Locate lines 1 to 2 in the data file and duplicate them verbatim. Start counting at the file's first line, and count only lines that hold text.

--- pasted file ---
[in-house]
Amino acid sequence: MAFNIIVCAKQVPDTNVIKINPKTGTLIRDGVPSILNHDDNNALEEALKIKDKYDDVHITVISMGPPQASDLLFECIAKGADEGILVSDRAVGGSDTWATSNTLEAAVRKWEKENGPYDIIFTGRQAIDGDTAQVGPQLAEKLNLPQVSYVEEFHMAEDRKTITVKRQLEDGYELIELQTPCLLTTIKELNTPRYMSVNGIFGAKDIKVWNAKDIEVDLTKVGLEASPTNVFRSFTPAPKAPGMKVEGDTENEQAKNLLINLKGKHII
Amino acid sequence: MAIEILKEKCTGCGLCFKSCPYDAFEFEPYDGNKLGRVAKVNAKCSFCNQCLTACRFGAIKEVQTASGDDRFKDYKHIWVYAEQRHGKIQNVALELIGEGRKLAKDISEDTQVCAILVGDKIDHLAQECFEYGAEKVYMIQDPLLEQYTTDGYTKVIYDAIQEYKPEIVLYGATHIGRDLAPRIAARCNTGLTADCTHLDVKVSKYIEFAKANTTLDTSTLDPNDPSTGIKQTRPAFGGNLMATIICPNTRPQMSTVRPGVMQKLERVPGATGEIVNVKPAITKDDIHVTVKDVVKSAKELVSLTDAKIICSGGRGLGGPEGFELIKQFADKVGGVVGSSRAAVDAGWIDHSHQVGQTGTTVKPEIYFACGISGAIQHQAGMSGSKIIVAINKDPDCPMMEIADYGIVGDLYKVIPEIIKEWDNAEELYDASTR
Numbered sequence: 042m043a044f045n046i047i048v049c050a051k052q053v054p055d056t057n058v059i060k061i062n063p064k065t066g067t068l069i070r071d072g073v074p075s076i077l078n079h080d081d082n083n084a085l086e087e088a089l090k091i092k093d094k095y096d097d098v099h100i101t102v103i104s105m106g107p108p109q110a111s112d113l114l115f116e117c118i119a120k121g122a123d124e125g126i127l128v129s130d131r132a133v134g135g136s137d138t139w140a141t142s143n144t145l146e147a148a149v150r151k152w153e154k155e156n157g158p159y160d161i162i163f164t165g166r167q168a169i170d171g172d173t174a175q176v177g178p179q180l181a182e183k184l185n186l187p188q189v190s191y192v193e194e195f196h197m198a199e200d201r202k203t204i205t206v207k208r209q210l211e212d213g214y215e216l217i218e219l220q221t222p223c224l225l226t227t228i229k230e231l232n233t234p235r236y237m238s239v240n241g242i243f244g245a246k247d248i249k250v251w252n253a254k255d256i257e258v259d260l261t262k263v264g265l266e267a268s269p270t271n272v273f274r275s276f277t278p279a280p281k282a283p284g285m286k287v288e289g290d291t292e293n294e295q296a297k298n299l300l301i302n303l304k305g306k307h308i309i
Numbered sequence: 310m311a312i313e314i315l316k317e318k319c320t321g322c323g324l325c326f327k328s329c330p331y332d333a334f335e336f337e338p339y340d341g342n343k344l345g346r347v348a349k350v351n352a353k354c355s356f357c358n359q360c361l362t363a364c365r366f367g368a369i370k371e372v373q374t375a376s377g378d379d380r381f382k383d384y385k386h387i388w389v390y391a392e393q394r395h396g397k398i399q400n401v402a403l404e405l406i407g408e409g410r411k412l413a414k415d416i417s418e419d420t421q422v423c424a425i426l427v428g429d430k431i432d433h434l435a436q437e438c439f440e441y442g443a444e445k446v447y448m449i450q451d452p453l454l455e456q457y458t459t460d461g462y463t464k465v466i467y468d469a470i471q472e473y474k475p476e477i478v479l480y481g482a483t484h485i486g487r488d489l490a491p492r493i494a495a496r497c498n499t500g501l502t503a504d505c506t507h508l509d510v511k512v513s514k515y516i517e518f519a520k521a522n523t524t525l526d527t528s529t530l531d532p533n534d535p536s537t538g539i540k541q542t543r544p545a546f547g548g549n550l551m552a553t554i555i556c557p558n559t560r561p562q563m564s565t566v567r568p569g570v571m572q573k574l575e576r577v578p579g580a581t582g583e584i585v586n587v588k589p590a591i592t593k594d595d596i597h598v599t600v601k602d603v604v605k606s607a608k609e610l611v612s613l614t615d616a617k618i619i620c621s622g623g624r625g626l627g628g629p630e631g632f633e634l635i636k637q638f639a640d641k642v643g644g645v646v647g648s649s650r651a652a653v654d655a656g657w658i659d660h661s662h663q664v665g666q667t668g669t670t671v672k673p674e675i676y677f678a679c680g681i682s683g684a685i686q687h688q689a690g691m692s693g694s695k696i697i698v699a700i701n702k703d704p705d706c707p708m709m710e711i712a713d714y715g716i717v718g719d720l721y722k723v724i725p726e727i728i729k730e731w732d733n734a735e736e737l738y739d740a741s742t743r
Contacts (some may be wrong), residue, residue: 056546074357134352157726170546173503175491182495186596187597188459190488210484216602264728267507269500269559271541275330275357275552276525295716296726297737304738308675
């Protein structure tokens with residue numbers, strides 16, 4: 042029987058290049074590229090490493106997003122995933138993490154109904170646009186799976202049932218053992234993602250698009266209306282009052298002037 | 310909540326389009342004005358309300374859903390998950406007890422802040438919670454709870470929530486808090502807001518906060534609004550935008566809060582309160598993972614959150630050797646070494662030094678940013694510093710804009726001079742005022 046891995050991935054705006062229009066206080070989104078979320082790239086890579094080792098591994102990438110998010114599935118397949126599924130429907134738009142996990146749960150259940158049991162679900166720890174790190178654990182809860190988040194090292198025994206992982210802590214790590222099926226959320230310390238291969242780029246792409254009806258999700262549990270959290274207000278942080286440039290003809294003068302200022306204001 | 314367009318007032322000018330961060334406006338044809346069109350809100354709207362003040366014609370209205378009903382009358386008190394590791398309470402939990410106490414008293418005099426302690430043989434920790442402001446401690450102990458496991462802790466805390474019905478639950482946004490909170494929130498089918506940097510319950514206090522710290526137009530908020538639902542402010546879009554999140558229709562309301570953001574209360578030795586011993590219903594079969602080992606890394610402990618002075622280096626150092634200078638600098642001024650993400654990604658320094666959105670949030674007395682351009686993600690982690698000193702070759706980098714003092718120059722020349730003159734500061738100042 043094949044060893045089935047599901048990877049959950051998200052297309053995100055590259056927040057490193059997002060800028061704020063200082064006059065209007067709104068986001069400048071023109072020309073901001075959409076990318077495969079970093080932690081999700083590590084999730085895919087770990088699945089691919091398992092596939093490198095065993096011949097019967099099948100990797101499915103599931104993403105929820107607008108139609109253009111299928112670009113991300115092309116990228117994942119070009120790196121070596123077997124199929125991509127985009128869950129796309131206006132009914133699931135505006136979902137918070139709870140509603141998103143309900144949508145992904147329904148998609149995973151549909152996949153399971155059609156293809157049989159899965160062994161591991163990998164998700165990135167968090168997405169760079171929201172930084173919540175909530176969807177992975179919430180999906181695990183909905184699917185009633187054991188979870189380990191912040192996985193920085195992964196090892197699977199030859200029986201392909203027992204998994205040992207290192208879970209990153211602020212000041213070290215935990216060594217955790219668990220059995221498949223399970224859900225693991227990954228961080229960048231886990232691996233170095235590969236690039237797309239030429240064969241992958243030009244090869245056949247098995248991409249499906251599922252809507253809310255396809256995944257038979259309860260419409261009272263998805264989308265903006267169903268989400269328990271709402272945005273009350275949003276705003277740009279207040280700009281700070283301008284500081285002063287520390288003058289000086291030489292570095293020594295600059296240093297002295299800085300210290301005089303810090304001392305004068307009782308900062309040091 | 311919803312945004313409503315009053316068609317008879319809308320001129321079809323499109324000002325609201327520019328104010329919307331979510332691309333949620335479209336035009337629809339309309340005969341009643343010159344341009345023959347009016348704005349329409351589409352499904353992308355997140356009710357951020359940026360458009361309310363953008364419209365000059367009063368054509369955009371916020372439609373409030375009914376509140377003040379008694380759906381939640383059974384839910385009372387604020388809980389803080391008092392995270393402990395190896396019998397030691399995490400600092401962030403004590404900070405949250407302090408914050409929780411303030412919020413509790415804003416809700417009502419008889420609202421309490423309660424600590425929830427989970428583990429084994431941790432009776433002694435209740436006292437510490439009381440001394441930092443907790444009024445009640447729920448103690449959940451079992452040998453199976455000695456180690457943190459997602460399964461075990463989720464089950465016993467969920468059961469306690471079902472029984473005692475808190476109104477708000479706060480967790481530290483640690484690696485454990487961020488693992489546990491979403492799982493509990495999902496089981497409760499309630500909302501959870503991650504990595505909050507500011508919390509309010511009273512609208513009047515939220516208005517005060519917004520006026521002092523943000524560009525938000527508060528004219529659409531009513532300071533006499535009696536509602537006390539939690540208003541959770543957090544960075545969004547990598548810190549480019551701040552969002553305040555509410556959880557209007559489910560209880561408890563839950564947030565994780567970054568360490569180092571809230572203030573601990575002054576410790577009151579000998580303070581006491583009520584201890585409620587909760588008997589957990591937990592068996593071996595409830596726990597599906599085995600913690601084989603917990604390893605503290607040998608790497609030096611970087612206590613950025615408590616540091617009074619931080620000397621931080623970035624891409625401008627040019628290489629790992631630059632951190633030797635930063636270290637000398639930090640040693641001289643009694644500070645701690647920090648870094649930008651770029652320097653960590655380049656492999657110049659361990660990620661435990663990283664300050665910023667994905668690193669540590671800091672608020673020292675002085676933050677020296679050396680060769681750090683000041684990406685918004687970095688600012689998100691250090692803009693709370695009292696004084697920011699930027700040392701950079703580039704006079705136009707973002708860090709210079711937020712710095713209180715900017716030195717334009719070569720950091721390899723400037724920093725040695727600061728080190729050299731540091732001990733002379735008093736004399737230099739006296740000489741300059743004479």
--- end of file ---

[in-house]
Amino acid sequence: MAFNIIVCAKQVPDTNVIKINPKTGTLIRDGVPSILNHDDNNALEEALKIKDKYDDVHITVISMGPPQASDLLFECIAKGADEGILVSDRAVGGSDTWATSNTLEAAVRKWEKENGPYDIIFTGRQAIDGDTAQVGPQLAEKLNLPQVSYVEEFHMAEDRKTITVKRQLEDGYELIELQTPCLLTTIKELNTPRYMSVNGIFGAKDIKVWNAKDIEVDLTKVGLEASPTNVFRSFTPAPKAPGMKVEGDTENEQAKNLLINLKGKHII